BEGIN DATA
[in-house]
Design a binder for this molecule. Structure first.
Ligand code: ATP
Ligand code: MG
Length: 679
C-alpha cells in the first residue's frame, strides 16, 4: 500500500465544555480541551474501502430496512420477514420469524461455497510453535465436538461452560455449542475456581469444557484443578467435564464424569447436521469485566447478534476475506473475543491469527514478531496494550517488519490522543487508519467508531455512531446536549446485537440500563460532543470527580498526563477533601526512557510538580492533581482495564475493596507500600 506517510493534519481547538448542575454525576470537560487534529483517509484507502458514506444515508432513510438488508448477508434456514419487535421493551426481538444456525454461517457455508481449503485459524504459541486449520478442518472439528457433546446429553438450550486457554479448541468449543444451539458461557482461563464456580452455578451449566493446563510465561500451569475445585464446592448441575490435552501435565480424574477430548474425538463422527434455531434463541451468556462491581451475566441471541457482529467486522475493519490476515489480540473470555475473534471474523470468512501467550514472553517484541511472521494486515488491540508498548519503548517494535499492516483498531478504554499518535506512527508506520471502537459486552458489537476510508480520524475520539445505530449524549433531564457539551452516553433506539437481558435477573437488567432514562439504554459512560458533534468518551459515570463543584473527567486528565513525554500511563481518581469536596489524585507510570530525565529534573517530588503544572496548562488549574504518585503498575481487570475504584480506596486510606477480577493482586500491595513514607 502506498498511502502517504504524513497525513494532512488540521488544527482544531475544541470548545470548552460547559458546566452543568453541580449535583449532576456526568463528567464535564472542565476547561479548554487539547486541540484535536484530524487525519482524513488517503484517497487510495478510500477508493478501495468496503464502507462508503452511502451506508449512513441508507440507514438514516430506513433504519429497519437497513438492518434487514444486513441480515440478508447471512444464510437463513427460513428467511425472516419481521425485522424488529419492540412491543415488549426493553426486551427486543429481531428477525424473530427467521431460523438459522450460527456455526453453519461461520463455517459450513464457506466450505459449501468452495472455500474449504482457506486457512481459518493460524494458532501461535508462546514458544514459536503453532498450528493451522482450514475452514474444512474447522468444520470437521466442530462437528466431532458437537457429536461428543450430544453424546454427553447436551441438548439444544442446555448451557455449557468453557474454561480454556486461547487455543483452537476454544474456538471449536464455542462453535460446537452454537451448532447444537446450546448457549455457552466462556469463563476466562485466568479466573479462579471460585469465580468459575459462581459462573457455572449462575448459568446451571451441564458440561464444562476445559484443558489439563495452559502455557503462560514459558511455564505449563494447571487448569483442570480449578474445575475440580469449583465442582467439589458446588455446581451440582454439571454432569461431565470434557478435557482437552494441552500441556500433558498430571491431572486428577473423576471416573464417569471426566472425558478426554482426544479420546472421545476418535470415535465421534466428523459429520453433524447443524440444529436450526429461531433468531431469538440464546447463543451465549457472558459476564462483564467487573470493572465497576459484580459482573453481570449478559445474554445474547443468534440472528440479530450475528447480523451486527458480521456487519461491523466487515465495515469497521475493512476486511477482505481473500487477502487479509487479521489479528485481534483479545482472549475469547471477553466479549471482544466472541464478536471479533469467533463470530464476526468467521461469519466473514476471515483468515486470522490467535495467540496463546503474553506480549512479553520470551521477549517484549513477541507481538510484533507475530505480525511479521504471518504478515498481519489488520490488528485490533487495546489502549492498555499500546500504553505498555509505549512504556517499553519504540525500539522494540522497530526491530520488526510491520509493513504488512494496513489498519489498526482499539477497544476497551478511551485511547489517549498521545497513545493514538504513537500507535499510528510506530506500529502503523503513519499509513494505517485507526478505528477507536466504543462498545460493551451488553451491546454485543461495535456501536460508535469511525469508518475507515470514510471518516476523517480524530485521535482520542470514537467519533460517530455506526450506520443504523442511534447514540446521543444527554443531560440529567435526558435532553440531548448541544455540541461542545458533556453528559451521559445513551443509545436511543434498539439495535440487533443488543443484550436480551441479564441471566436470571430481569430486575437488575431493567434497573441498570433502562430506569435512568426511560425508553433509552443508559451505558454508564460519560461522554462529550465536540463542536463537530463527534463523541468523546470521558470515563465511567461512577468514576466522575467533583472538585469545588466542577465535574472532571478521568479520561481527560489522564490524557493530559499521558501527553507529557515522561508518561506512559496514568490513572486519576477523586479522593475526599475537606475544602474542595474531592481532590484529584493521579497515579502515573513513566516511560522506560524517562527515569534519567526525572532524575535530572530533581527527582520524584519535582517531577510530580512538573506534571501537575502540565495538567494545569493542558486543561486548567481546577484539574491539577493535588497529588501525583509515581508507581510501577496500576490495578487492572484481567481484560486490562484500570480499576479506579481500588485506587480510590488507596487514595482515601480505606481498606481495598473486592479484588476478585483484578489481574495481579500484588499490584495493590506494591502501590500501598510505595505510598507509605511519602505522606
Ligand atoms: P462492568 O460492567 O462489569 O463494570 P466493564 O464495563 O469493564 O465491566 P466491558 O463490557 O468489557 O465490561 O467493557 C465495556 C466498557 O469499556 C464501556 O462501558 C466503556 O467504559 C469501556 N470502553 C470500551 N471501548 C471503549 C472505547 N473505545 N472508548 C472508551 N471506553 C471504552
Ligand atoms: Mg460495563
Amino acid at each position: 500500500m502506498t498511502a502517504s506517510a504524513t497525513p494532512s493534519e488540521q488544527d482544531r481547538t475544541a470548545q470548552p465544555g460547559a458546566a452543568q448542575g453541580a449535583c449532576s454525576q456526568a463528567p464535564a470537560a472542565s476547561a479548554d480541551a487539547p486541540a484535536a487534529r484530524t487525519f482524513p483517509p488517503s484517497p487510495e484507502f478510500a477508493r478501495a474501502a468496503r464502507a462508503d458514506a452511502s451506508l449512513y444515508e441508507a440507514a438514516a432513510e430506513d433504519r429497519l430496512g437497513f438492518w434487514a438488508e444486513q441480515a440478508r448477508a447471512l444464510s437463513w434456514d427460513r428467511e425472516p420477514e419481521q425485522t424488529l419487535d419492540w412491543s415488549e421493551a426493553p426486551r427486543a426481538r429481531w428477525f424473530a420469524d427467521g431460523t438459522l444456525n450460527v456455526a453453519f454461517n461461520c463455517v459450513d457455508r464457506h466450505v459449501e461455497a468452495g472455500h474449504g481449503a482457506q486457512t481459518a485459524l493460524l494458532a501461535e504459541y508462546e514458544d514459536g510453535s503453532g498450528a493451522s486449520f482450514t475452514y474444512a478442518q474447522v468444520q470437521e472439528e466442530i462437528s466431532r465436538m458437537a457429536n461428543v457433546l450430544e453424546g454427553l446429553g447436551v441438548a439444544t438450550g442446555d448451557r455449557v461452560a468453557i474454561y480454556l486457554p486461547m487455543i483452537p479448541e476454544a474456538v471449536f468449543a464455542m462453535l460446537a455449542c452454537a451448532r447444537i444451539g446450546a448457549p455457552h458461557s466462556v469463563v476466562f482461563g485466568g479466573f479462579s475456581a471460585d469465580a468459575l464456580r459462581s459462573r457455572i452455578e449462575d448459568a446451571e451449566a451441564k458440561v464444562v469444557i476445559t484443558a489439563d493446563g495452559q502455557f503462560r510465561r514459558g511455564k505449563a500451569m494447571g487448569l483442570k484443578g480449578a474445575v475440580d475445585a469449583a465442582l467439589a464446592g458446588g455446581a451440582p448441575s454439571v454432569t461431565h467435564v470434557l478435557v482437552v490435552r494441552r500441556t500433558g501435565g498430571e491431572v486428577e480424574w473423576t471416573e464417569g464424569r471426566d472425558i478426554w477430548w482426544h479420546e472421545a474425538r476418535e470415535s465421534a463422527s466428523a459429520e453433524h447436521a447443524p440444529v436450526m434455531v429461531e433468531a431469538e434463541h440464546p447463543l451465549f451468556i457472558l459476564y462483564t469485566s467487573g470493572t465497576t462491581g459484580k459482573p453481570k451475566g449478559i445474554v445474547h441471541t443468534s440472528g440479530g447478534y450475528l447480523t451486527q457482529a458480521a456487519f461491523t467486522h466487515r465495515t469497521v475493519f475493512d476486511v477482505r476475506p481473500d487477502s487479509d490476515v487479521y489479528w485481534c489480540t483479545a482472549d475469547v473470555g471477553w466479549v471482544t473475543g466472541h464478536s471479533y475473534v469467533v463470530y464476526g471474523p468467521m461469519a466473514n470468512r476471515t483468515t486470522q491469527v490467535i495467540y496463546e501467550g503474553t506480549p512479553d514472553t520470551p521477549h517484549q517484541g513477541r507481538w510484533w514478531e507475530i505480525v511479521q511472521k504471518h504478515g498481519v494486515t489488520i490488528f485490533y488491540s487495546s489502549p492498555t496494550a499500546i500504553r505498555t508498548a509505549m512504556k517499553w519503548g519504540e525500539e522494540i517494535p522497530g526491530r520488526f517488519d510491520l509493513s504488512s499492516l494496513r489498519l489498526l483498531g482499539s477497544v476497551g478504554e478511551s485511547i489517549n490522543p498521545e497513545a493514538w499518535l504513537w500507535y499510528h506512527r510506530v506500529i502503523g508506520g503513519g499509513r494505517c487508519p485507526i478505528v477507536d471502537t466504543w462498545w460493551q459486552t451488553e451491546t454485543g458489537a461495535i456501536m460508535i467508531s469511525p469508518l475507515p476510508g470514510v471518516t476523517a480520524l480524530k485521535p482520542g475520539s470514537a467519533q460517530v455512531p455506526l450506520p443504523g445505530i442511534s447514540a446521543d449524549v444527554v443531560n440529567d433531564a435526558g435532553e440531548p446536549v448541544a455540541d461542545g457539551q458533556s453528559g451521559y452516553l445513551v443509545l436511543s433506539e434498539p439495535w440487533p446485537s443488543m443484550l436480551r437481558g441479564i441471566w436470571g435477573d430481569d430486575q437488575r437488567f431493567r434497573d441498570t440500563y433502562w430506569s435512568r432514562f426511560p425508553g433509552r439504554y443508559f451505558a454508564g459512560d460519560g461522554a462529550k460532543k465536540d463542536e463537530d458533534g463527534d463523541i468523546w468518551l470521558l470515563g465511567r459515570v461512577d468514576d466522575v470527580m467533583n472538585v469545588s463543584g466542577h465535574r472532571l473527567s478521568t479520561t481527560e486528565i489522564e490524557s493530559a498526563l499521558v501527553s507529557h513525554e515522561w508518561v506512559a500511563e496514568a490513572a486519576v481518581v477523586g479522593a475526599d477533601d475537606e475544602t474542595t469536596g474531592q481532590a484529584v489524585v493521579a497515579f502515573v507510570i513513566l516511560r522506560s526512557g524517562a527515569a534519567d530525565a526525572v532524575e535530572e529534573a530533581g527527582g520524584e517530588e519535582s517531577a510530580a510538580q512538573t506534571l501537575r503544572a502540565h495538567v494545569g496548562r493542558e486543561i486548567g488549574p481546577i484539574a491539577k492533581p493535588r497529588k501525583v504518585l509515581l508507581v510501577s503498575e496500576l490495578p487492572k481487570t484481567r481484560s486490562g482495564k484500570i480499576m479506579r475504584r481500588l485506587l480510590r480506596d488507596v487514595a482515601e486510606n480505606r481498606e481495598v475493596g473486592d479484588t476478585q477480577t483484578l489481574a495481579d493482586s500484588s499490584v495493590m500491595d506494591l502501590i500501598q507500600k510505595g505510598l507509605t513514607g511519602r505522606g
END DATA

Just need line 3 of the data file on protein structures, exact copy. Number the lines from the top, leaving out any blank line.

Ligand code: ATP